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Harvard head coach Tommy Amaker has always been partial to the phrase, “our conference is won on Saturday nights.”
Playing against Columbia with the conference title on the line, Amaker’s words rang truer than ever.
Behind a season-high 63 percent shooting from the field and 61 percent shooting from three, the Crimson (17-12, 12-2 Ivy) handed the visiting Lions (8-19, 5-9) a 93-74 loss at Lavietes Pavilion. The win gave Amaker his sixth conference title since arriving in Cambridge and assures Harvard the No. 1 seed heading into next weekend’s Ivy League tournament.
“I’m really proud of the journey this team has been on, to close it out here at home,” Amaker said. “You don’t get many chances to come around like that, with Senior Night at home, for the Ivy League Championship, to play for it like that. We can call ourselves Ivy League Champions and we can put a banner up.”
Though Saturday’s contest began with the Crimson leading by as many as 17 in the first half and ended with a lead as high 25 late in the second, a 13-0 run from Columbia between the first and second frames put the Harvard lead at just seven one minute into the second half.
Much like it had in the first half—the Crimson began the night shooting a blistering 9-of-13 through the first sixteen minutes of play—Harvard stormed back by shooting lights out. Over a six-minute stretch from the 17:13 mark to 11:10, the Crimson went on a 17-6 run to give itself a 20-point lead.
The Crimson finished the night with 17 made threes—tying the program record set in 2002. Headlining the Harvard effort was junior guard Corey Johnson. The junior finished the night with a season-high 17 points on 5-of-8 shooting from deep.
“We shoot the ball very well as a team, we have a lot of weapons especially from beyond the arc and so like every game one person can go off and hit open shots, Seth can do it, Bassey can do it, Juzang,” Johnson said. “Tonight, they left me open so I hit a couple big shots but I owe it all to my teammates to find me when I’m open.”
Starting its three seniors to close out their careers at Lavietes, the Crimson struggled to miss a shot through the first thirteen minutes of play.
Harvard began its scoring with a put-back dunk courtesy of captain Chris Egi just over a minute in—from there it wouldn’t look back. Behind the red-hot shooting from beyond the arc and some of the best ball movement that it has seen all season, the Crimson jumped out to a 35-18 lead with 7:16 still to play before intermission.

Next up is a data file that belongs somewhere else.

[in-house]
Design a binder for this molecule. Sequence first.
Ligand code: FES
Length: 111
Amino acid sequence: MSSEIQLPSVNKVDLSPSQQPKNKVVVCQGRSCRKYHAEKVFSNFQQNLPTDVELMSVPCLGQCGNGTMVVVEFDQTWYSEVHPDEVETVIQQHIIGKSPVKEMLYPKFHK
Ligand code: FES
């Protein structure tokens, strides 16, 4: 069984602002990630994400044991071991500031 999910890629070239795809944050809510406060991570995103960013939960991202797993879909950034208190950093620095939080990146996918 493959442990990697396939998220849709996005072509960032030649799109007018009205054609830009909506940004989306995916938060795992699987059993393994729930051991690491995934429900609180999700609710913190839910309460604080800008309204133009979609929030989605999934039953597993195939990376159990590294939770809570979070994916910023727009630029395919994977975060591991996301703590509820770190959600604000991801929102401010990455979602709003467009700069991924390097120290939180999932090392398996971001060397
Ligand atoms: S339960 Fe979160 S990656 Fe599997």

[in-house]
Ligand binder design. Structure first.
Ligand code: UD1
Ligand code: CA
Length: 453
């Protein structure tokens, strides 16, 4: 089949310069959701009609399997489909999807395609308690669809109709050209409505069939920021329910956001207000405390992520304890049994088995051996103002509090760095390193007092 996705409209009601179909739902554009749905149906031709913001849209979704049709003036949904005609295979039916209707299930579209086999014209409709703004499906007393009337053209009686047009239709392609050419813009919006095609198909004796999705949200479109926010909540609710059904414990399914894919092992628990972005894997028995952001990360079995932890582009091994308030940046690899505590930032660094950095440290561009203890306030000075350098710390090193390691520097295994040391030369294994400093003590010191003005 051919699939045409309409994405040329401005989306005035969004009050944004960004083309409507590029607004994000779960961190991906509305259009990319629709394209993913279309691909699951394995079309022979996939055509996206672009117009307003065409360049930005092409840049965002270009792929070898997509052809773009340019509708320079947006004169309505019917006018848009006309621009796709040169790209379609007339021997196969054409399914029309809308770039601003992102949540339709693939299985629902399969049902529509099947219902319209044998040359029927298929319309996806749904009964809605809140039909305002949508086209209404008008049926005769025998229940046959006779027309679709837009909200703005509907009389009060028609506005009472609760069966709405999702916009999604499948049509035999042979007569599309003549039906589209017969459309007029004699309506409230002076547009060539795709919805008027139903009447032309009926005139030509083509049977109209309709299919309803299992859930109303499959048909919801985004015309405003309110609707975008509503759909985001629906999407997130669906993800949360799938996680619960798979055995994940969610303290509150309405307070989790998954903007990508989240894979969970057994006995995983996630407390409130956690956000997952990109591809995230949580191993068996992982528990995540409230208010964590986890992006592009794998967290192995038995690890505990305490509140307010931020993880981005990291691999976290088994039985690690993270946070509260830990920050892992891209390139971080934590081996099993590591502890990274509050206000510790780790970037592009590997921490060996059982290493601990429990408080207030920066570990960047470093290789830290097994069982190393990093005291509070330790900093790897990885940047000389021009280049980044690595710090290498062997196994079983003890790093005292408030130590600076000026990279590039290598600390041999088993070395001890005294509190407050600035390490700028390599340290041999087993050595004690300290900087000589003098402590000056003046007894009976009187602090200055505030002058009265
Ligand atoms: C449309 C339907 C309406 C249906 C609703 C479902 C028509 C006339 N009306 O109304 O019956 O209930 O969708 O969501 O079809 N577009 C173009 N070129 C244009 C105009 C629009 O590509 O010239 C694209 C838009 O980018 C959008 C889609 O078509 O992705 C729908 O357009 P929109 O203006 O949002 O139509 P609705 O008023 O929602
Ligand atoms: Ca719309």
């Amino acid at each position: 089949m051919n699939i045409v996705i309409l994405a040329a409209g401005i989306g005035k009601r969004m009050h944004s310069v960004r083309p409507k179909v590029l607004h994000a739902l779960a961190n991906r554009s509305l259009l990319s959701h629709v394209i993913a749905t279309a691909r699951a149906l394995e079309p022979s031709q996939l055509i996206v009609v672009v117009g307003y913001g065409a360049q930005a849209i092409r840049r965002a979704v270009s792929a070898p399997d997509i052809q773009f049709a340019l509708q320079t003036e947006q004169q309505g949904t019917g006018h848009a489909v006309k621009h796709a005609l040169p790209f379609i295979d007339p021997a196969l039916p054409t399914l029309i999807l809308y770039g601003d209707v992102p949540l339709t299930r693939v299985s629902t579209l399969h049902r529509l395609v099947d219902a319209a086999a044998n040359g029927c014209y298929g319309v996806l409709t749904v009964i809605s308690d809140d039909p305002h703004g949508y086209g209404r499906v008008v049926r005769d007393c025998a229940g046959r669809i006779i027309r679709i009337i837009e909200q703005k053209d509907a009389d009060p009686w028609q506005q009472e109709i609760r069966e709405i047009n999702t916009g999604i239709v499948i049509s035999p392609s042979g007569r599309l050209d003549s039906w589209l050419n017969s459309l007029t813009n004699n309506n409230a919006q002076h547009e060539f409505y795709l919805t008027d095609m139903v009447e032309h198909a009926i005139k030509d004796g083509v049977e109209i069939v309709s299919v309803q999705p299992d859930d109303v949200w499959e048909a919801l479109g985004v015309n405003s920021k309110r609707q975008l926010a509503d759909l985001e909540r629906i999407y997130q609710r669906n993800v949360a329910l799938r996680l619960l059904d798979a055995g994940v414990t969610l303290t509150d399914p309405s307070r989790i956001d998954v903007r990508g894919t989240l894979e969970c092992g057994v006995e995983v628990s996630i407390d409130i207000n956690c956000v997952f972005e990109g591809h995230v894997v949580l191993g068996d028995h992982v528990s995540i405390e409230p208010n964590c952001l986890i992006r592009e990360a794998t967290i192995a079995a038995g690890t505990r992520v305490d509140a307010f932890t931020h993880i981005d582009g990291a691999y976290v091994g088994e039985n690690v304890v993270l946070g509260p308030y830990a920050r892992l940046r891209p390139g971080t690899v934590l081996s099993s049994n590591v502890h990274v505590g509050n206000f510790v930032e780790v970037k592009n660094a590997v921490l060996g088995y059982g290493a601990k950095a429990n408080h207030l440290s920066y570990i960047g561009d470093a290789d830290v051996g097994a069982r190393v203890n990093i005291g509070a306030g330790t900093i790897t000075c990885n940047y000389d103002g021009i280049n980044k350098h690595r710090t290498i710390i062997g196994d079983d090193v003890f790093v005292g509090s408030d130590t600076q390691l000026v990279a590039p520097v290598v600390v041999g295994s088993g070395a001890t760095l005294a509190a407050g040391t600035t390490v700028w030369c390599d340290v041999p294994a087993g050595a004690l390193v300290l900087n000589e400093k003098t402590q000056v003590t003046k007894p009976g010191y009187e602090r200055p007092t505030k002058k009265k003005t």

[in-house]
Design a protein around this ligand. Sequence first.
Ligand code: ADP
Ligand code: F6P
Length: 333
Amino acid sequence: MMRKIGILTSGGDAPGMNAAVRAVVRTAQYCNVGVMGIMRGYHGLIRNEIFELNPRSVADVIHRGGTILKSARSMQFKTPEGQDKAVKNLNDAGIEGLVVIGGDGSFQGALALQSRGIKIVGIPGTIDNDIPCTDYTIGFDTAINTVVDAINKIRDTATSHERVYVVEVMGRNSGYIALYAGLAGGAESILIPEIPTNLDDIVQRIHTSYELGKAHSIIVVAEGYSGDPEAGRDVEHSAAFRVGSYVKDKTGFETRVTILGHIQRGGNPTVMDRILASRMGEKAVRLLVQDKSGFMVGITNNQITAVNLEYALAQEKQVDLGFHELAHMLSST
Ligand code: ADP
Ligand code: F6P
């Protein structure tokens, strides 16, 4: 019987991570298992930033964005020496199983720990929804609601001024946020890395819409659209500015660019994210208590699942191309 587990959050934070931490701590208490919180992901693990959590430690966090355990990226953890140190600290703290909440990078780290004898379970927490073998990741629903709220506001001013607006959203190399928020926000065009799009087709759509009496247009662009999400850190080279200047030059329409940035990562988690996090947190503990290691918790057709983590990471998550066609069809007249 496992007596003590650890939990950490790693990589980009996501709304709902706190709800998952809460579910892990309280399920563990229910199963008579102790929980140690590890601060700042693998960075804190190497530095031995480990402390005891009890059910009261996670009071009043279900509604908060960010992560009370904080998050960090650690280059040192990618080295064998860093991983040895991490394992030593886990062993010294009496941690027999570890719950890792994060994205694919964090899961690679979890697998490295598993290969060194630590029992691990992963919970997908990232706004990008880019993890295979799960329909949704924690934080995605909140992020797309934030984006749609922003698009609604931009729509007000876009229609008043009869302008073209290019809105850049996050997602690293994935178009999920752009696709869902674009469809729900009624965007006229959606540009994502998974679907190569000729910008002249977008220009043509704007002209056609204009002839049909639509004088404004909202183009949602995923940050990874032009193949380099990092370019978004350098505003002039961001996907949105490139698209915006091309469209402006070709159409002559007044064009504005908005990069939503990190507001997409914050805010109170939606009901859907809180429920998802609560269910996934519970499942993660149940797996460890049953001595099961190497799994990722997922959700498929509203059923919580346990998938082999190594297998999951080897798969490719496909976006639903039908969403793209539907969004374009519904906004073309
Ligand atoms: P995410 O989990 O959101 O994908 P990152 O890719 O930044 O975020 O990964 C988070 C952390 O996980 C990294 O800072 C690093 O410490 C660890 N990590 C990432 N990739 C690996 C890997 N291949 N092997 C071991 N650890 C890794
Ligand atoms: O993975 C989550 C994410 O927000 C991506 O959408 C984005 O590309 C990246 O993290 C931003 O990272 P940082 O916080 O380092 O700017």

Over that opening stretch, Harvard shot 65 percent from the field and a blistering 72 percent from deep.
“We were certainly shooting the ball very well, look at our shooting percentages,” Amaker said. “We only went to the line two times and had 14 turnovers, but shooting 17 threes, I thought was incredible. In the first half, that got us out of the blocks. I thought we scored and got a lot of confidence. We played in transition, we played with great pace.”
Though the Lions mounted a late 9-0 run and pressed the Crimson in the dwindling minutes of the contest, the early stretch gave Harvard the early lead and one that it would hold onto the rest of the way. The Crimson tallied a season-high 24 assists and for the second night in a row saw four players in double digits. In what was likely Harvard’s best all-around effort, seven Crimson players scored six or more points on Saturday night.
On a senior night that saw Harvard’s first bucket scored by an outgoing senior, the last shot also came fittingly from a fourth-year. With the game decided, Amaker checked in his three veterans with just over a minute to go. As the shot clock wound down late in the contest, senior guard Andre Chatfield buried one from deep to the joy of the 1,636 in attendance. On the Crimson’s last possession, sophomore guard Christian Juzang handed the ball off to Egi to allow the captain to dribble out the clock and cap off the conference title.
The three seniors were freshmen the last time that Harvard took home the Ivy League crown.
“Coach always says that this league is won on Saturday nights, so we had an opportunity ahead of us,” Egi said. “I guess it was one of those things, like when you have a chance to win a championship, it doesn’t matter what you did the night before. I know all the guys on this team, everybody wanted to win and I think that’s just what drove us today.”
—Staff writer Troy Boccelli can be reached at firstname.lastname@example.org.
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